It’s a few months since Ella Worsdale, head of information at Pennine Care NHS Foundation Trust, scooped the first Digital Health Award for future digital health leader. But, as she tells Owen Hughes, the achievement is one that still hasn’t quite sunk in – perhaps in part because she’s busy with the data work for which she was recognised.
Ella Worsdale can’t say being an NHS data bod was her destiny.
“I wouldn’t say that I dreamed of being the head of information at school,” says Worsdale. “I went for a job of data quality assistant and – fortunately for me – I wasn’t successful, but was offered a job supporting the implementation of Pennine Care’s new PAS instead.”
That was 13 years ago. Fast forward to today, and Worsdale has developed what her peers regard as one of the best information teams in the NHS – a feat for which she was recognised at the inaugural Digital Health Awards in July.
Months later, the news still hasn’t completely sunk in. “I am still completely surprised – but obviously overjoyed – to have won the Future Digital Leader Award,” she says.
“I couldn’t have done this without such a supportive team, which been there every step of the way and positively embraced the changes that have happened over the last few years.”
Change is often a gruelling process for people in Worsdale’s position, with new digital processes demanding new and often unfamiliar ways of working for health teams who have been doing things the same way for years.
The key, suggests Worsdale, is ensuring the benefits of a new technology is immediately demonstrable to those who will use it.
“We have a big clinical change team who all come from clinical backgrounds,” she explains. “Their main role is engaging with our clinical staff and understanding what they need and how we can implement systems, by mapping current and future processes, so that everyone understands what the change will bring and how it will work.
“Having this type of staff on board when implementing new technology should not be overlooked.”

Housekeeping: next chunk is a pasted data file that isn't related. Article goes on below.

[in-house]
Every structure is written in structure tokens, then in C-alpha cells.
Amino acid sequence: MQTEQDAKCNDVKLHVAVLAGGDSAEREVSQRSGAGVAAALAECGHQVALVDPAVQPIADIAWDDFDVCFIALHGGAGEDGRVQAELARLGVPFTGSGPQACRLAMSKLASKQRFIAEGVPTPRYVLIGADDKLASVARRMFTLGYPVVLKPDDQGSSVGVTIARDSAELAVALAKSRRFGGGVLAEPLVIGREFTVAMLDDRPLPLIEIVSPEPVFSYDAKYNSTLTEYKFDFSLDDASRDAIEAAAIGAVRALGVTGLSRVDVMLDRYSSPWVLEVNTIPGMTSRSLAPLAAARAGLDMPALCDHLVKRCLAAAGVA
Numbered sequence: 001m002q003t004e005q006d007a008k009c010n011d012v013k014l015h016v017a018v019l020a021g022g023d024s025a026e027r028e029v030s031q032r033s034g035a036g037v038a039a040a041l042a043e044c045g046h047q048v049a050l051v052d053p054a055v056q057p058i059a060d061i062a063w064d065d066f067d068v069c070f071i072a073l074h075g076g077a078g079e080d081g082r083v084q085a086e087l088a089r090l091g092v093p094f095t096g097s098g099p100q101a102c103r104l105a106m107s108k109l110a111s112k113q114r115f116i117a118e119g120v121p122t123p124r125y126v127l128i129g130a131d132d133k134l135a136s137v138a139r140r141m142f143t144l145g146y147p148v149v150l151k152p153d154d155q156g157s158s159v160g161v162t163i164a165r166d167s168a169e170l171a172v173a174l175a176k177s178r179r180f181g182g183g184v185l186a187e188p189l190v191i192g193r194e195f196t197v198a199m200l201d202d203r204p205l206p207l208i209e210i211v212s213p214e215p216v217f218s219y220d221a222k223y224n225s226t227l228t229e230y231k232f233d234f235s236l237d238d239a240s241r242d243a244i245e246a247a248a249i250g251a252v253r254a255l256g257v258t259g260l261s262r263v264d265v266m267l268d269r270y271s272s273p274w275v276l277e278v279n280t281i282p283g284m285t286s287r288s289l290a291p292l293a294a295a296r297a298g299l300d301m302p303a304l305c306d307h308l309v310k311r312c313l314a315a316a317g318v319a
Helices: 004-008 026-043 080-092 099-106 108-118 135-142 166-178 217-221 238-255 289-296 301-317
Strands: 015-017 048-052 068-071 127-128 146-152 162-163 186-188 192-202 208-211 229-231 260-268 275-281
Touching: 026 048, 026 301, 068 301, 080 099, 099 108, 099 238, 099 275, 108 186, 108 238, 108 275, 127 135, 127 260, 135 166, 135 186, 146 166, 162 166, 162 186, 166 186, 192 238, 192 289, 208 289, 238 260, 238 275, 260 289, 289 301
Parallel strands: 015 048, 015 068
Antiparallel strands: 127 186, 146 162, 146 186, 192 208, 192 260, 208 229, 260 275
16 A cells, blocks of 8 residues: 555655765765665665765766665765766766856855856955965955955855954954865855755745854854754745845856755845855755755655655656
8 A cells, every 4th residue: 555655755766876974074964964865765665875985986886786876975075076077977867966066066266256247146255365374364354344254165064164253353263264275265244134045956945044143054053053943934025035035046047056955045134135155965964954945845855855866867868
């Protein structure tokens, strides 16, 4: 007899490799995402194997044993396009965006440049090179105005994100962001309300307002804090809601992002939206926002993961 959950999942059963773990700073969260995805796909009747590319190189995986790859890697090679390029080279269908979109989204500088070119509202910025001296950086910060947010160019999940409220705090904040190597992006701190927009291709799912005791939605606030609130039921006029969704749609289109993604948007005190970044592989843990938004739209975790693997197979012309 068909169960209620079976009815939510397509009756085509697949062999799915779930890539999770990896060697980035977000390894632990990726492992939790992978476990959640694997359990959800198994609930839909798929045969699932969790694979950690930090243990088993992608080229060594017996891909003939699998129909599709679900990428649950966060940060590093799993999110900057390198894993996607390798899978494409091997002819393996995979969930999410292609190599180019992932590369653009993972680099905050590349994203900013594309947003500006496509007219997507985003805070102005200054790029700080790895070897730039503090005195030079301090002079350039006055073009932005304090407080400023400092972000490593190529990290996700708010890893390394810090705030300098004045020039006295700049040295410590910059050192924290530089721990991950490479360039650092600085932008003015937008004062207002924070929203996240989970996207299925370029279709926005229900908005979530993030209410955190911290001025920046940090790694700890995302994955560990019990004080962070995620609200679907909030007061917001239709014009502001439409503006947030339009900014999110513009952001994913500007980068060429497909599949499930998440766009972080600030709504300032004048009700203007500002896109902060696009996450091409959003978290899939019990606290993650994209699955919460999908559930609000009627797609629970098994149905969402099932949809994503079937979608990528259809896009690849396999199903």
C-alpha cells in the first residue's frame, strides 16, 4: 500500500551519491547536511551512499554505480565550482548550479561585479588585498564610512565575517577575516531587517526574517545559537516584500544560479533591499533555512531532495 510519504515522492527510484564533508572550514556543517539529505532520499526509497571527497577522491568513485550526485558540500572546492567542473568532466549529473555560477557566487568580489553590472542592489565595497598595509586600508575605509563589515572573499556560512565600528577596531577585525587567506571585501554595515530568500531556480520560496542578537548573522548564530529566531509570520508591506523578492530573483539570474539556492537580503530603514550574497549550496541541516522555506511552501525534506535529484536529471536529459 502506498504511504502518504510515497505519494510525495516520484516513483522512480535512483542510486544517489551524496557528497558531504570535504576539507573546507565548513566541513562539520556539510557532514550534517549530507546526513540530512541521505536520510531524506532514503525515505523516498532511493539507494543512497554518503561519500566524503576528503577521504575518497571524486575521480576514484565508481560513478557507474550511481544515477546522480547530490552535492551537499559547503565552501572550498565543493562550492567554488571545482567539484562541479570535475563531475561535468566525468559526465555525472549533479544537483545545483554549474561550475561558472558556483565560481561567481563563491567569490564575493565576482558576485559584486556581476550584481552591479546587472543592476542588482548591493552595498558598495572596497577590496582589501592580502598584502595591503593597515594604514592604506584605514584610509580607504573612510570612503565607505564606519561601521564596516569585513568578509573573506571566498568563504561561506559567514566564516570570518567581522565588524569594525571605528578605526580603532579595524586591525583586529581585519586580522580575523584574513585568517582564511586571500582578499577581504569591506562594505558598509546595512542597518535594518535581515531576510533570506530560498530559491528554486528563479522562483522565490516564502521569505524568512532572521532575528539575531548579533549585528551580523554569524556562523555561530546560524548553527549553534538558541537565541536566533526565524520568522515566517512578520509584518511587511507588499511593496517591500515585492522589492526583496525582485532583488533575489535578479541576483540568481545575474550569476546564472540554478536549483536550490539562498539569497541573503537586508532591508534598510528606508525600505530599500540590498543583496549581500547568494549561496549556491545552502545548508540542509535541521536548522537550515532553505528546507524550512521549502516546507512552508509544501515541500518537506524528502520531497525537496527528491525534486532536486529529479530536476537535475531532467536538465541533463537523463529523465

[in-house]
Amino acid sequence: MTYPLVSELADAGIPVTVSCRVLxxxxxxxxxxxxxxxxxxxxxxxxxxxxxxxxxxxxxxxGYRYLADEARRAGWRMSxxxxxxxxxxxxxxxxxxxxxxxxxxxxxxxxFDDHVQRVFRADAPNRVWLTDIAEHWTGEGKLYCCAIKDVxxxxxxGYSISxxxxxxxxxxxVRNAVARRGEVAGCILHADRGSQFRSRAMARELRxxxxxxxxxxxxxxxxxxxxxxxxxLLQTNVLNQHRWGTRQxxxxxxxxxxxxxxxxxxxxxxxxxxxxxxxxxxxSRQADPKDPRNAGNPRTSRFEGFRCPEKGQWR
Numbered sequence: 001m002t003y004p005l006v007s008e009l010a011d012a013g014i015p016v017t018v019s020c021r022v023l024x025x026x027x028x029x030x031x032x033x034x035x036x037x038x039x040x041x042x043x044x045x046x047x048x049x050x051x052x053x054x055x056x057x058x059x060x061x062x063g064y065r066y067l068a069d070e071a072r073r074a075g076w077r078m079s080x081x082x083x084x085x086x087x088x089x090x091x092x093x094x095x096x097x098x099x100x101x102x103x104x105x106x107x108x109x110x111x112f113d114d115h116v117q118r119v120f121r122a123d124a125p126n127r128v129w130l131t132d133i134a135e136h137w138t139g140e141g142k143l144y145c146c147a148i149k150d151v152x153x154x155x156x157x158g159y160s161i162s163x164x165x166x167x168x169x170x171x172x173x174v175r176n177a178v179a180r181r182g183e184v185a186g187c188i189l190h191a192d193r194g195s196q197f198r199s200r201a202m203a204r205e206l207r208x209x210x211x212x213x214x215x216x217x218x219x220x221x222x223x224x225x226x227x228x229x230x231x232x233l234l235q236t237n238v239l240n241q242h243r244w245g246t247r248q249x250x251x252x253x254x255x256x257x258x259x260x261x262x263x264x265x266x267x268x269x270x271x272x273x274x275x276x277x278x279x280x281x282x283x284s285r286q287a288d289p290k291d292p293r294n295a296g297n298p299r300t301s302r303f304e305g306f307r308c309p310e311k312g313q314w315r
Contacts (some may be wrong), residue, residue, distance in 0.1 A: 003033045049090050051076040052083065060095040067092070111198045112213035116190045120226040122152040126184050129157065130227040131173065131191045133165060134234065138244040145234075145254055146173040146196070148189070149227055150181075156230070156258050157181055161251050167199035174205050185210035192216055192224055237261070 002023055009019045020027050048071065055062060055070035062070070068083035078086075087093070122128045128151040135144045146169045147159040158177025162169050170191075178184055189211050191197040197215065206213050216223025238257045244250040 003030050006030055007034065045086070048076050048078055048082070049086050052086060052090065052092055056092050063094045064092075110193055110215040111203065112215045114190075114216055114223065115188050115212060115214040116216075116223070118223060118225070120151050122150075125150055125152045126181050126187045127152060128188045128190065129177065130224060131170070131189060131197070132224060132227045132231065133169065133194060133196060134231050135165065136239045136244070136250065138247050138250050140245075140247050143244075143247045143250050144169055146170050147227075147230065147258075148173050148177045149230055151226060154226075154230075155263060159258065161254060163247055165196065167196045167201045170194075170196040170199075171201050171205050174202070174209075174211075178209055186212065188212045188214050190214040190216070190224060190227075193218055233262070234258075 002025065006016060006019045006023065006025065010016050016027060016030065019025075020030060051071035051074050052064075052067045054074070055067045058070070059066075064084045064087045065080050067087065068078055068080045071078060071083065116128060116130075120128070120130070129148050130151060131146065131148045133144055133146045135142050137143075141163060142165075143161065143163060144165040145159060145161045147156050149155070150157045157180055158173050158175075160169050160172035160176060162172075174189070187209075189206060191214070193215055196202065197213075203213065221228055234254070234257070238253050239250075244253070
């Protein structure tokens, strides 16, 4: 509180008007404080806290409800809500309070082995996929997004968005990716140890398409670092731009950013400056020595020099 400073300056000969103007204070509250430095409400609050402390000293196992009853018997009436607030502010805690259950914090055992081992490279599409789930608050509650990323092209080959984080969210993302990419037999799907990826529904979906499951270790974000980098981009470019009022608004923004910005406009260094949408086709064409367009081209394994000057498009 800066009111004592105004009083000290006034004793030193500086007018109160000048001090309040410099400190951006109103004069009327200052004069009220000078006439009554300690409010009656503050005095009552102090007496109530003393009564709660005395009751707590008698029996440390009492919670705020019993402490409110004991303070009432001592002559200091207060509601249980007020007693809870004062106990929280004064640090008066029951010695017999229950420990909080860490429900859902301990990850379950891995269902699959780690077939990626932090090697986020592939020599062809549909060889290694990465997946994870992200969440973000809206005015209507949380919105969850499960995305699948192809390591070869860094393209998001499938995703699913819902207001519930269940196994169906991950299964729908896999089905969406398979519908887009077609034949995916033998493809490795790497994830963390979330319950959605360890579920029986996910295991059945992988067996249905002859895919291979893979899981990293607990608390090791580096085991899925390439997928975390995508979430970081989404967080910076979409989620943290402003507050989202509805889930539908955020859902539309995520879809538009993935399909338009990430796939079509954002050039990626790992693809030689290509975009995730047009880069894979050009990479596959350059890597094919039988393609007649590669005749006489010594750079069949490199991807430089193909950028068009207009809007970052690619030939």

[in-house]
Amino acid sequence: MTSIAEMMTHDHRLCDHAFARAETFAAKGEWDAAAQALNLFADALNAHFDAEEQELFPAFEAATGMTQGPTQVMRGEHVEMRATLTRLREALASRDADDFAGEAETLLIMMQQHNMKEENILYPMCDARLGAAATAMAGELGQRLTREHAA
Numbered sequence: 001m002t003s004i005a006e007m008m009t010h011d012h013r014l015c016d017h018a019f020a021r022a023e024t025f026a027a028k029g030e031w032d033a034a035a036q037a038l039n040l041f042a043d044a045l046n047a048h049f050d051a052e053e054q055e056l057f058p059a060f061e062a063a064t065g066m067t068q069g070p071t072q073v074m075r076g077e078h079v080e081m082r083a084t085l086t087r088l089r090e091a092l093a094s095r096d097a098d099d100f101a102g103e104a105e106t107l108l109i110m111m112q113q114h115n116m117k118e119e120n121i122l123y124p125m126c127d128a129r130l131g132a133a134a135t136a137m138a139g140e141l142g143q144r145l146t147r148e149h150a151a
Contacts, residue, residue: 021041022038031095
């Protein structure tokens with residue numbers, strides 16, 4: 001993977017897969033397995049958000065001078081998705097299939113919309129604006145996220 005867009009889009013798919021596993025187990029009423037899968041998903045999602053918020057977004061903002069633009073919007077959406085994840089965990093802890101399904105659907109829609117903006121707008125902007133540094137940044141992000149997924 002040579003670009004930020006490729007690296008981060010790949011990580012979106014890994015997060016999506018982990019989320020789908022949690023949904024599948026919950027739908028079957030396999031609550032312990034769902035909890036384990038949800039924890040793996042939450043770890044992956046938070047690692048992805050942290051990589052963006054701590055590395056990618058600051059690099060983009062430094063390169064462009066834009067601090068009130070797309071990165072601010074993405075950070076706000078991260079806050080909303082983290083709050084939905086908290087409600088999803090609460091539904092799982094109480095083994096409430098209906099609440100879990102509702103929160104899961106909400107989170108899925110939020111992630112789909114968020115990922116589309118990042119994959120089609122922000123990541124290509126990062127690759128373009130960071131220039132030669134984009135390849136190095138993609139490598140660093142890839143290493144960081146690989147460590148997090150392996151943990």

One piece of work that sticks out as a particularly proud achievement for Worsdale is the implementation of a business intelligence platform.
After discovering data visualisation tool, Tableau, the head of information tasked herself with getting the platform into the hands of the trust’s 500+ operational managers.
Despite having previously struggled to eke out funding for such tools, Worsdale managed to wrangle for a pilot.
“It was so successful that we then rolled out Tableau across all our operational managers within the space of a few months,” she says.
“The implementation has made a massive impact on the way we provide an information service. My team are more motivated now that they have a great tool to work with; our information ‘customers’ are now providing us with great feedback and the organisation has recognised what a valuable service we are now able to give, now that we have the right tools in place.”
Worsdale reminisces about her introduction to complex world of health informatics, which really gathered speed in 2005 after she was offered a role supporting the implementation of Pennine Care’s then-new patient administration system.
Once completed, Worsdale spotted an opportunity to become an analyst in the information team.
“My real passion is data, and the power of data,” Worsdale confesses.
“I knew I would be able to play with data all day, which I thought would suit me well!”
Worsdale credits her love of data as being instrumental in enabling her to lead change at Pennine Care, and speaks passionately about the successes she has witnessed during her time in post.
“There are so many digital achievements in Pennine Care in the last 12 months. We appointed a new CIO just over 12 months ago [Chris Reynolds, the first to hold the role at the trust].
“We have recently appointed a CCIO – about 9 months ago – and now looking to appoint CNIO roles too to support him.
“We also formulised a new health informatics strategy with a clear programme of work for the next few years.
“This has really helped provide Pennine Care with clear line of sight for what is achievable, which has been brilliant.”
Another accomplishment that stands out to Worsdale is the introduction of a new child health system, which combines data from Bury, Oldham, Rochdale and Trafford.
“It has to have been one of the most complex IT projects that the trust has ever had to do,” admits Worsdale.
“It came with so many challenges along the way, most of which could not have been predicted. The project team spent over two years working on this and they have to be commended for their dedication and hard work.”
While Worsdale may be happiest when immersing herself in datasets, the head of information hasn’t lost sight of why she comes to work every day.
“Although I sit in a support service role and don’t see patients, I get great satisfaction from working with people who do, and providing a support service to them that helps them do their job and ultimately help them provide the best service they can.
“I rarely meet anyone that doesn’t enjoy working in the NHS,” she adds. “It’s hard and sometimes thankless, but I never forget why I am here and what I am here for.”